Full Metal Jacket (1987) Spare and beautiful in its ugliness, Stanley Kubrick's vision here owes much to Stone's Platoon, which he is said to have greatly admired. Raw, but emotionally minimalist compared to its predecessor, Full Metal Jacket to my mind resonates most when it lingers, as it does in the scene below, on the tangible nightmarescape of war's reality. Here the tension between the scene's imagery of physical devastation (summoning a distinct Hell-On-Earth vibe), the soldiers' song, and its accompanying narration obliquely map the numbing, dehumanizing impact that existing in such a world has on the human psyche. It is, simply put, classic Kubrick, his great and terrible genius manifest.
Richard III (1995) Yes, yes, it's Shakespeare. But Shakespeare brought into the modern era of 1930s Fascist England, with the almost impossibly brilliant Sir Ian McKellen in the title role. A killer with his eyes on ascending the throne, McKellen's Duke of Glouchester is the embodiment of moral corruption and unbridled ambition, a man to whom the lives of others are irrelevant and disposable if not instrumentally useful to him. As a leader he is alternately indifferent and abusive, exemplifying in deed and word that power does not necessarily confer nobility or wisdom, that might and right are often far separated, and that it is ill-advised to blindly follow any ruler whose version of statesmanship requires firearms. After all, if war is hell, it's fair to suspect that the one who directs its armies may in fact be the devil. In this culminating scene, McKellen's King Richard shows his horns, bears his teeth, and is electrifyingly demonic.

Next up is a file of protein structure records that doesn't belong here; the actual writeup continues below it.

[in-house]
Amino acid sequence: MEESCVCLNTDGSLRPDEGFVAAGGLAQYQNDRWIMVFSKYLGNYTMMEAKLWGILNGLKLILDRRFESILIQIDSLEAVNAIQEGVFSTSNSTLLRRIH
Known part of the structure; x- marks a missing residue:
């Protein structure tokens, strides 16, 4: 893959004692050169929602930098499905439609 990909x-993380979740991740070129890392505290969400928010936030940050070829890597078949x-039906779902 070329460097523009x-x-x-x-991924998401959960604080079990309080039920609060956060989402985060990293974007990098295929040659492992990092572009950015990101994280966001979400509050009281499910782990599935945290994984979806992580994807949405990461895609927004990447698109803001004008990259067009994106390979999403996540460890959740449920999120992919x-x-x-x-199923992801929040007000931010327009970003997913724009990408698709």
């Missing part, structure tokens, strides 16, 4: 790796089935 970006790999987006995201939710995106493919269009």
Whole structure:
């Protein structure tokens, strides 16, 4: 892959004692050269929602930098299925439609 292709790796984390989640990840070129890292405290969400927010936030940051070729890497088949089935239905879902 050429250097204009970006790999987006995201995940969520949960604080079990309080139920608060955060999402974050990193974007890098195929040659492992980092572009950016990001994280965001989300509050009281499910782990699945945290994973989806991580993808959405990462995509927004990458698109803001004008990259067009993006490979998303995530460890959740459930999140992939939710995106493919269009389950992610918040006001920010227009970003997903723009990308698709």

Saving Private Ryan (1998) I haven't always been a big fan of Spielberg's "serious" films, being of the opinion that the director's best work and where his genius lies is in films of the action/adventure genre both whimsical and fantastic -- E.T., Close Encounters, Raiders Of The Lost Ark and the like. I've gone so far as to openly admit my disdain for Schindler's List, which despite a great story floundered in schmaltz and was stylistically undone by its art school pretensions. All of that said, in Saving Private Ryan Spielberg's innovative and daring choices in cinematography and sound design spectacularly elevate the film and make it something unique to the genre. Visually, the opening scene of the film expresses more through its imagery alone than any document about what happened that day on Omaha Beach could accomplish in thousands of words. Spielberg harnesses the visceral power of the medium and forces viewers into the frame, so that our bodies become conductors of the expectation, panic, and raw terror those men must have felt. It's an extraordinary, if harrowing and emotionally exhausting, filmic achievement.
What about you, dear reader? What do you consider to be the best films of the genre?
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Tracey, aka Sweetney, writes about Pop Culture & Entertainment at MamaPop, and feels that in the wake of all she's had to visually absorb in doing research for this post it might be time for a nice romantic comedy or something.